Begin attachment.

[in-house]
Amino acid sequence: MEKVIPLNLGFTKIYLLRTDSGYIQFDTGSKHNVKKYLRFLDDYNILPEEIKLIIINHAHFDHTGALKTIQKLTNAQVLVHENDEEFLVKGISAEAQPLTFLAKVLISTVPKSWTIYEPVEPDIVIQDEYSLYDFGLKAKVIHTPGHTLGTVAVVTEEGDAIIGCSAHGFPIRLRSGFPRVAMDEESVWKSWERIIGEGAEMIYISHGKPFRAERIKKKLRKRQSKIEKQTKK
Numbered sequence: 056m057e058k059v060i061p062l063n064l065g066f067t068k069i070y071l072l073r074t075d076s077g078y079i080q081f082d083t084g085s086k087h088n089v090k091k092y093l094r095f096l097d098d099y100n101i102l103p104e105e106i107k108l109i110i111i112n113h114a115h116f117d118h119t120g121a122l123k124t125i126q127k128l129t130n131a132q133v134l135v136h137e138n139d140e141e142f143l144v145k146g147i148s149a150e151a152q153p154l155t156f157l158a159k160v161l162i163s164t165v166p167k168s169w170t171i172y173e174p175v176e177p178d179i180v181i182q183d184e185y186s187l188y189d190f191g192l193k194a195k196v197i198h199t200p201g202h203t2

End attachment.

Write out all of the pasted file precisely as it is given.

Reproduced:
[in-house]
Amino acid sequence: MEKVIPLNLGFTKIYLLRTDSGYIQFDTGSKHNVKKYLRFLDDYNILPEEIKLIIINHAHFDHTGALKTIQKLTNAQVLVHENDEEFLVKGISAEAQPLTFLAKVLISTVPKSWTIYEPVEPDIVIQDEYSLYDFGLKAKVIHTPGHTLGTVAVVTEEGDAIIGCSAHGFPIRLRSGFPRVAMDEESVWKSWERIIGEGAEMIYISHGKPFRAERIKKKLRKRQSKIEKQTKK
Numbered sequence: 056m057e058k059v060i061p062l063n064l065g066f067t068k069i070y071l072l073r074t075d076s077g078y079i080q081f082d083t084g085s086k087h088n089v090k091k092y093l094r095f096l097d098d099y100n101i102l103p104e105e106i107k108l109i110i111i112n113h114a115h116f117d118h119t120g121a122l123k124t125i126q127k128l129t130n131a132q133v134l135v136h137e138n139d140e141e142f143l144v145k146g147i148s149a150e151a152q153p154l155t156f157l158a159k160v161l162i163s164t165v166p167k168s169w170t171i172y173e174p175v176e177p178d179i180v181i182q183d184e185y186s187l188y189d190f191g192l193k194a195k196v197i198h199t200p201g202h203t2